Accidents are bound to happen in every workplace, some can be foreseen and prevented and others just happens. I remember years back, I represented a member in Mpumalanga who was traveling with one of the employer’s vehicles to Johannesburg for training. On his way back, without warning, a flock of guinea fowl took off and flew into the vehicle he was traveling with. This incident could not have been foreseen or prevented, but it did result in damages to the employer’s vehicle. In this scenario the member could not have been held liable for the damages as his actions was not willful; reckless or negligent.
But what if you do have an accident at work? For instance the vehicle that you have repaired; spray-painted or serviced is damaged or destroyed as a result of poor workmanship, negligence or even gross negligence; or the document that you have signed, without making sure of all the facts, resulted in a financial loss to the employer; or company assets were left unsecured and is now missing. These are some of the scenarios where you might have been subjected to a disciplinary hearing where after you were held liable for the monetary value of the loss and received a written warning (WW) or final written warning (FWW).
The questions raised by many of our members: Is this not double jeopardy? Is this even fair? Am I now punished twice for the same misconduct?
What exactly is ‘double jeopardy’? The Labour Court in Solidarity obo Oelofse v Armscor (SOC) Ltd and Others (JR2004-15)  ZALCJHB 87 (21 February 2018) held that double jeopardy occurs when a ‘person…[is]… charged again for the same offence that person had already been found guilty of. In the context of employment law…an employee cannot be charged in disciplinary proceedings for the same misconduct, based on the same facts, if already subjected to disciplinary proceedings and found guilty of that misconduct with punishment dispensed’. (Paragraph 44) The court did however warn that double jeopardy is a more complex issue and each case must be evaluated on its own merits.
Double jeopardy can then be ruled out as the penalty imposed might be twofold, but you were not subjected to two disciplinary enquiries for the same misconduct.
In another Solidarity matter, Solidarity obo Mohammed v Air Traffic and Navigation Services (Pty) Ltd  JOL 27921 (CCMA), the arbitrator was confronted with a dispute around perceived double jeopardy. In this scenario the employee, Mohammed, received a FWW and he had to pay an amount of R7 000 back to the employer. The employer had to spend R7 000 to recover the erroneous payment of R4 million that the employee negligently made to the wrong beneficiary.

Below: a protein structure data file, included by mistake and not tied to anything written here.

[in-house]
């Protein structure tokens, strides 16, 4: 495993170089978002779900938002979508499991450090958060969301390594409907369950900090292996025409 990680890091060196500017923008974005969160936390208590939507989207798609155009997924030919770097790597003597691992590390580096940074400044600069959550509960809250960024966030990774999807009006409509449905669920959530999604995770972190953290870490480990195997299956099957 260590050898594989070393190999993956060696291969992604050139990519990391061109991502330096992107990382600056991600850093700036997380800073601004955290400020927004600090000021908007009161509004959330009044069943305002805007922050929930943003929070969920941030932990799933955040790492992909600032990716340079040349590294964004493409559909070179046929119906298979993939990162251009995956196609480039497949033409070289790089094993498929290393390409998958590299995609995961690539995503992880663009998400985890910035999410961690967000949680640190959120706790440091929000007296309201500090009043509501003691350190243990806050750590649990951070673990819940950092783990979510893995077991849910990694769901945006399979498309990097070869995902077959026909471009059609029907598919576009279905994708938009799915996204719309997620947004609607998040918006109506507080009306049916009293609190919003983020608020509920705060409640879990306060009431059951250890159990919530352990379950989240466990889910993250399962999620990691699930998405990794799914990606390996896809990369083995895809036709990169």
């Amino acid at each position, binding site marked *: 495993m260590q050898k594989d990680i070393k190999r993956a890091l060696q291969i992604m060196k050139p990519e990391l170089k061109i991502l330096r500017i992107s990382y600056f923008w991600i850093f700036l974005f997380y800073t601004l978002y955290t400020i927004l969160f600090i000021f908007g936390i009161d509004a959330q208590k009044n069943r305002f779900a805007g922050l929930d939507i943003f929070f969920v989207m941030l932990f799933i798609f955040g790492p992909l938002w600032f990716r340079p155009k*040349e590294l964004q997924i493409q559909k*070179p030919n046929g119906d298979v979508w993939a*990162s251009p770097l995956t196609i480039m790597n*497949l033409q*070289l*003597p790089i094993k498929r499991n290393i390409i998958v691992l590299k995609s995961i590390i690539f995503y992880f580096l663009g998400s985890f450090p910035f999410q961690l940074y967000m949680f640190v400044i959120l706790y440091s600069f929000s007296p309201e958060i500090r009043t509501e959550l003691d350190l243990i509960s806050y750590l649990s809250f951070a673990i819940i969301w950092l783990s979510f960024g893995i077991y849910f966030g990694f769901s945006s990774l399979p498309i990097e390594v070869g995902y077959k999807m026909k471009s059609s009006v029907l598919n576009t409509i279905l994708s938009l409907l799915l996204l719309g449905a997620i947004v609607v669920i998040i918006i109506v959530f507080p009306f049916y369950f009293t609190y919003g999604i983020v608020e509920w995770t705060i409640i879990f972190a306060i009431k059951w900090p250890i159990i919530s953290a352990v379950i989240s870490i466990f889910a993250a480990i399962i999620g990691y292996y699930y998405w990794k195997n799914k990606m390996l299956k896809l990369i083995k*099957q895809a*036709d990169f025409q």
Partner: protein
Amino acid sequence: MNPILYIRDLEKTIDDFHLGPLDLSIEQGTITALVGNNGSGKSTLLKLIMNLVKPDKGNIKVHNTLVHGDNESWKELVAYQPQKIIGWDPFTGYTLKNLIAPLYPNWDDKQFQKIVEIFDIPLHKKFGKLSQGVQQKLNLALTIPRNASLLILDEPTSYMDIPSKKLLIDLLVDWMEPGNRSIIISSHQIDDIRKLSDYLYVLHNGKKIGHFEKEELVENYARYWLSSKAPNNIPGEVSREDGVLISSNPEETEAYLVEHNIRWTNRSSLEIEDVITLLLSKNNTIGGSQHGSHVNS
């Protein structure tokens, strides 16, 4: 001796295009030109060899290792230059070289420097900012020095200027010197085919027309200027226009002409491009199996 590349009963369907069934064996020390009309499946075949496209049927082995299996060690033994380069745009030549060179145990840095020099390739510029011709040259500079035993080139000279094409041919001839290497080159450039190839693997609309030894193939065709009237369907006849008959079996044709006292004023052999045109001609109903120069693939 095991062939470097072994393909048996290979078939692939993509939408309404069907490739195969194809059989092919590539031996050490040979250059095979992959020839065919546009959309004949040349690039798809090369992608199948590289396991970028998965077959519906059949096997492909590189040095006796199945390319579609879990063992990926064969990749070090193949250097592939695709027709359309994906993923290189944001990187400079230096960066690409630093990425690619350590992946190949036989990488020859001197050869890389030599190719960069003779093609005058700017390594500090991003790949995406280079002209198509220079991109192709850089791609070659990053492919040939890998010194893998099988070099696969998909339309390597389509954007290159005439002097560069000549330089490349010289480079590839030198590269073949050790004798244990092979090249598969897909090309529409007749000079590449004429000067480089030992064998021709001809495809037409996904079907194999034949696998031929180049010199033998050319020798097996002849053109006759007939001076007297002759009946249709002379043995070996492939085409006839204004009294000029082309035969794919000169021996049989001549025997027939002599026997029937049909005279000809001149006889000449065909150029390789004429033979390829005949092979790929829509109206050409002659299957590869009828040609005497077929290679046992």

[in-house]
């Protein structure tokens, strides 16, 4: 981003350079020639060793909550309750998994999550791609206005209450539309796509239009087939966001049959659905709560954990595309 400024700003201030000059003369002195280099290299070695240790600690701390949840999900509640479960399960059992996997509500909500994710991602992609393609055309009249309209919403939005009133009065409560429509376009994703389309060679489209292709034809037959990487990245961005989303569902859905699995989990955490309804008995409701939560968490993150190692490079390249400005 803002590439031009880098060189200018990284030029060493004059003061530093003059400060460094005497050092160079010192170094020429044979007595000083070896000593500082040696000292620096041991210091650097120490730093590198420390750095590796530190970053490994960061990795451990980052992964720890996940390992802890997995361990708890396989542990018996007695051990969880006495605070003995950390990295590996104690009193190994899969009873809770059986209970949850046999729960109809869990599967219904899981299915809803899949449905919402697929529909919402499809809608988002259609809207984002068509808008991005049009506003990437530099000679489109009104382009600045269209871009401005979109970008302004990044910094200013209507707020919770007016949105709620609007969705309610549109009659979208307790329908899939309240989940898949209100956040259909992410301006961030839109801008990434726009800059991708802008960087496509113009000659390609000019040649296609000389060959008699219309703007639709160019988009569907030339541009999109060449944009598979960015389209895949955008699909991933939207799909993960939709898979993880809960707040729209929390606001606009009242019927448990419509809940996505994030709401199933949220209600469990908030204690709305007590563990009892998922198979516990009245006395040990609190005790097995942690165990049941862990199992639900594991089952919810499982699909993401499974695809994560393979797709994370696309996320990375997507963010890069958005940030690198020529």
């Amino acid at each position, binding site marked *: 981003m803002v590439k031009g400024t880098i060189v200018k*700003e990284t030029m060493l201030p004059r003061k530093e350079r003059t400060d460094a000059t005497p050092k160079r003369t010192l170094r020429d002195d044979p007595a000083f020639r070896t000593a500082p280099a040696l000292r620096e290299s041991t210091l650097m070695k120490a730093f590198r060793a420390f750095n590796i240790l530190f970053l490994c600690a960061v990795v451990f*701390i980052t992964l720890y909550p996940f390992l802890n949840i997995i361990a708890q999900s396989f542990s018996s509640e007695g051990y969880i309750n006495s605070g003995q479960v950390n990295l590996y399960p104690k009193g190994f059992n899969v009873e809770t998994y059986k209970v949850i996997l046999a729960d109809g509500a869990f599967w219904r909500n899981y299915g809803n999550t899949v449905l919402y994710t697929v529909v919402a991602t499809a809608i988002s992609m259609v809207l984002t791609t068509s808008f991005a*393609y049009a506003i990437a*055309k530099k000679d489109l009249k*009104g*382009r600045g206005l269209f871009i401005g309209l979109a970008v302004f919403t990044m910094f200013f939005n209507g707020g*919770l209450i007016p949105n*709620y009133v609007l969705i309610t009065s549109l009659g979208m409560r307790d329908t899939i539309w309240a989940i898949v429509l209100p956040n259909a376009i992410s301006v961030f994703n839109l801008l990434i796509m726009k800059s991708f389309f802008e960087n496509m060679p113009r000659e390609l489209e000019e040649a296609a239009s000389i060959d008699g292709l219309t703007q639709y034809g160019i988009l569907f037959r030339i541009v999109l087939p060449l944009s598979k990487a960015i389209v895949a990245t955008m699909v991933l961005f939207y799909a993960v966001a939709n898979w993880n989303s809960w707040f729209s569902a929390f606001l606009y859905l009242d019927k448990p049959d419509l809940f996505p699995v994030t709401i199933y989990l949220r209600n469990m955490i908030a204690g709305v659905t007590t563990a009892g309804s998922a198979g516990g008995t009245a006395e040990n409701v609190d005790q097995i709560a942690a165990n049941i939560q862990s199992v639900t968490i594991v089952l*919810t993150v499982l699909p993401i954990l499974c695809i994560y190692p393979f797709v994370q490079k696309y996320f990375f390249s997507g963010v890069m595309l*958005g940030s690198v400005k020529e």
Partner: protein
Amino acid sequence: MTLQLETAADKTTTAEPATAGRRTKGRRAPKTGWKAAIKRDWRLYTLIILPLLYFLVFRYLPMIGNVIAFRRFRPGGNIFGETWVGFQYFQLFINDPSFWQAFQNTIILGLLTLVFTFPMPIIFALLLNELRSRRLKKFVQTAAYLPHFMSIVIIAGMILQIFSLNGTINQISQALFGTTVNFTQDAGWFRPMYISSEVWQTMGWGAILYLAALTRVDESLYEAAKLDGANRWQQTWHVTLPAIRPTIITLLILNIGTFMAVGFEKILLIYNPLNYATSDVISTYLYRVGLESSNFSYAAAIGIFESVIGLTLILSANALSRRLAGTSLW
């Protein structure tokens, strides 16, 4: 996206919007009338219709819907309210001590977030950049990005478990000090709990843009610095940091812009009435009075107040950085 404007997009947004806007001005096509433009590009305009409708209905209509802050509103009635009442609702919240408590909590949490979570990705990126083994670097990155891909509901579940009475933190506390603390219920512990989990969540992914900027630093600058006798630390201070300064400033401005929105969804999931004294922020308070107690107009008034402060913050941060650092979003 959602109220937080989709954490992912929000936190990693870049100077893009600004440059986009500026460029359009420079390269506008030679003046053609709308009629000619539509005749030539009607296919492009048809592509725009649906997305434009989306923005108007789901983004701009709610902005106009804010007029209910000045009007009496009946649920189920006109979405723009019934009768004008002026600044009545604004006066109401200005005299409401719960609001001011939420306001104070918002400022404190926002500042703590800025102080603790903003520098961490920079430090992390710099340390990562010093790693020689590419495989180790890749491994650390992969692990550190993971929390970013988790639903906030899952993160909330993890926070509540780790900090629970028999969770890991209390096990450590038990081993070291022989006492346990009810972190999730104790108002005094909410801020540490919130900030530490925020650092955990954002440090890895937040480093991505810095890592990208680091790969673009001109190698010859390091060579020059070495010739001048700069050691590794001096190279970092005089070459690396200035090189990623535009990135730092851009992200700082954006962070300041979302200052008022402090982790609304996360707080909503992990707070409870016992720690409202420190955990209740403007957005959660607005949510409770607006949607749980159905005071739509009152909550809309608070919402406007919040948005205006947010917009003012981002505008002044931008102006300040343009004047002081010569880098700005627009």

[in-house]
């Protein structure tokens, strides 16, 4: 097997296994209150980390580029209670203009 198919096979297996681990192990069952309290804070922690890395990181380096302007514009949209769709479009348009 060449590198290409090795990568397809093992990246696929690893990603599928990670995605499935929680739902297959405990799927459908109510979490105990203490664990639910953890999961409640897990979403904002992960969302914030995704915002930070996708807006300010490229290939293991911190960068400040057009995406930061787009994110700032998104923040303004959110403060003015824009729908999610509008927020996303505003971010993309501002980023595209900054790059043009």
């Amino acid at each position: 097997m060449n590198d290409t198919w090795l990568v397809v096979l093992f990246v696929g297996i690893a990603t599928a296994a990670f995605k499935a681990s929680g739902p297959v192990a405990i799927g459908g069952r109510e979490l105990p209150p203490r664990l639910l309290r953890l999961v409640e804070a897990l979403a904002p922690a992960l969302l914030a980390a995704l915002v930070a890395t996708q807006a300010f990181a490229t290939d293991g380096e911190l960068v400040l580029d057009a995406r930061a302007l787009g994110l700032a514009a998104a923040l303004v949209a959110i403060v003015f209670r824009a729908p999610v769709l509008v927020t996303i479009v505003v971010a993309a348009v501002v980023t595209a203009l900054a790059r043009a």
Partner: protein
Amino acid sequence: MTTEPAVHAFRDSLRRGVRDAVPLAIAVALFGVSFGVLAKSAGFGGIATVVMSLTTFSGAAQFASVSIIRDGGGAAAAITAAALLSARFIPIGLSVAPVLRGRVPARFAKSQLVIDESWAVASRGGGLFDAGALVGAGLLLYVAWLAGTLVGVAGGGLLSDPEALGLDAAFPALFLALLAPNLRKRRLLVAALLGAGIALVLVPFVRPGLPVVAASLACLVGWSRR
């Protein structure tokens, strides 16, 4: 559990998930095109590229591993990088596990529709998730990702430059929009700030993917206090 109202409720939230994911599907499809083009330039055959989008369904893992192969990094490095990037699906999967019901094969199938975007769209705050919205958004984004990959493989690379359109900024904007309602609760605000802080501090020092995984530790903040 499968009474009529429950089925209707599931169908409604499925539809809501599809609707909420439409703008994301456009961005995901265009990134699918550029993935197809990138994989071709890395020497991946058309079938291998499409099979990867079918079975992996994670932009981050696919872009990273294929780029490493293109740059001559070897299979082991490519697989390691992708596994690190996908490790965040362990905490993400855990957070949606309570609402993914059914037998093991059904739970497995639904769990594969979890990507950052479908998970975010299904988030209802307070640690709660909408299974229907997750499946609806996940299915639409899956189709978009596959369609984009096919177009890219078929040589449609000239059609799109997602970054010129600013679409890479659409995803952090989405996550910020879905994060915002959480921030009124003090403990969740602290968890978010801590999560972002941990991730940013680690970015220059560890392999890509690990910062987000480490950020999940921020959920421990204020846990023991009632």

Mohammed, not happy with the fact that he had to pay the R7 000 as well as receiving the FWW, lodged a complaint to the CCMA and claimed double jeopardy.
The arbitrator found that there was no double jeopardy and that an employer is entitled to reclaim ‘fruitless spending of other people’s money’. The fairness that comes into play is giving the employee an opportunity to comment on why he/she should not be held liable. Once wilful damage; negligence or gross negligence has been established, the employer’s right to reclaim fruitless spending will be actioned.
A simple analogy, when you break a window and progressive discipline is applied you might receive a WW or FWW. The warning or progressive discipline does not repair or replace the window. The purpose of a WW or FWW is to warn you to be careful and to comply with the internal rules and regulations. Someone must still pay for the repair or replacement of the window, fruitless spending as a result of your conduct. It is for this reason that the employer may hold you liable for the cost/loss.
In line with the MIBCO Main Collective Agreement, the employer may deduct damages after a formal hearing was held, and the employee was found guilty of gross negligence or wilful damage. Provision is also made for a maximum of 30% of an employee’s earning to be deducted on a weekly or monthly basis.
Responsibility is the key word!
If in doubt, remember, MISA is just a phone call away!
(Article by Anel Oosthuizen and Tiekie Mocke)
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